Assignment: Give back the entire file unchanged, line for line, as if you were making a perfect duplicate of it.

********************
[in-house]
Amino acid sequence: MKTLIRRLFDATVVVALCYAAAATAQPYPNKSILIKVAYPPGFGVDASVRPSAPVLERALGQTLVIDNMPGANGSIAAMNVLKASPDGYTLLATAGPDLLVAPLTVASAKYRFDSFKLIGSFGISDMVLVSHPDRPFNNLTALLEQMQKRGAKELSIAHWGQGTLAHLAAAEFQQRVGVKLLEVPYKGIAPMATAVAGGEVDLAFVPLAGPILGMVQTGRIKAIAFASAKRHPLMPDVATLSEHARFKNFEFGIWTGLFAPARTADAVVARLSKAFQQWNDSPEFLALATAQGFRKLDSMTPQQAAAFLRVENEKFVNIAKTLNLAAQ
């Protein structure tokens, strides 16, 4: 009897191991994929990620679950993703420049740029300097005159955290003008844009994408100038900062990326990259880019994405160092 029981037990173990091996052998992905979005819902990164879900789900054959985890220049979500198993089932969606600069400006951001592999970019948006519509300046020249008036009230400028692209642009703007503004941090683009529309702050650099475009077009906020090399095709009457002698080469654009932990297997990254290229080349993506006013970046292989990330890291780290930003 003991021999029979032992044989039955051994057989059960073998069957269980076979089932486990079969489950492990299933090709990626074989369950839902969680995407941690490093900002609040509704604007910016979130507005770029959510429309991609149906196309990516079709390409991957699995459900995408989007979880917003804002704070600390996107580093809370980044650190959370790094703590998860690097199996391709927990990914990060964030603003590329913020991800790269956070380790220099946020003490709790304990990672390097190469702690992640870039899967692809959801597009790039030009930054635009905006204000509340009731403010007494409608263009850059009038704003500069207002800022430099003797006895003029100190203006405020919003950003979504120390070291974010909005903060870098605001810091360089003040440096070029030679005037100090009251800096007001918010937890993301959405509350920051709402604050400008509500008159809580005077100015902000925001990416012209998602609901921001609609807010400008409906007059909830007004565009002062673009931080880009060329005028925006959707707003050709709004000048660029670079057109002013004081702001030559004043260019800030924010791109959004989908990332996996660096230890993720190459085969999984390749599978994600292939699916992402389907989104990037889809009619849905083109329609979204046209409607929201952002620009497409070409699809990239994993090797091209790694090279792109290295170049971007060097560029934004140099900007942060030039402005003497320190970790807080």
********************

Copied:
[in-house]
Amino acid sequence: MKTLIRRLFDATVVVALCYAAAATAQPYPNKSILIKVAYPPGFGVDASVRPSAPVLERALGQTLVIDNMPGANGSIAAMNVLKASPDGYTLLATAGPDLLVAPLTVASAKYRFDSFKLIGSFGISDMVLVSHPDRPFNNLTALLEQMQKRGAKELSIAHWGQGTLAHLAAAEFQQRVGVKLLEVPYKGIAPMATAVAGGEVDLAFVPLAGPILGMVQTGRIKAIAFASAKRHPLMPDVATLSEHARFKNFEFGIWTGLFAPARTADAVVARLSKAFQQWNDSPEFLALATAQGFRKLDSMTPQQAAAFLRVENEKFVNIAKTLNLAAQ
């Protein structure tokens, strides 16, 4: 009897191991994929990620679950993703420049740029300097005159955290003008844009994408100038900062990326990259880019994405160092 029981037990173990091996052998992905979005819902990164879900789900054959985890220049979500198993089932969606600069400006951001592999970019948006519509300046020249008036009230400028692209642009703007503004941090683009529309702050650099475009077009906020090399095709009457002698080469654009932990297997990254290229080349993506006013970046292989990330890291780290930003 003991021999029979032992044989039955051994057989059960073998069957269980076979089932486990079969489950492990299933090709990626074989369950839902969680995407941690490093900002609040509704604007910016979130507005770029959510429309991609149906196309990516079709390409991957699995459900995408989007979880917003804002704070600390996107580093809370980044650190959370790094703590998860690097199996391709927990990914990060964030603003590329913020991800790269956070380790220099946020003490709790304990990672390097190469702690992640870039899967692809959801597009790039030009930054635009905006204000509340009731403010007494409608263009850059009038704003500069207002800022430099003797006895003029100190203006405020919003950003979504120390070291974010909005903060870098605001810091360089003040440096070029030679005037100090009251800096007001918010937890993301959405509350920051709402604050400008509500008159809580005077100015902000925001990416012209998602609901921001609609807010400008409906007059909830007004565009002062673009931080880009060329005028925006959707707003050709709004000048660029670079057109002013004081702001030559004043260019800030924010791109959004989908990332996996660096230890993720190459085969999984390749599978994600292939699916992402389907989104990037889809009619849905083109329609979204046209409607929201952002620009497409070409699809990239994993090797091209790694090279792109290295170049971007060097560029934004140099900007942060030039402005003497320190970790807080």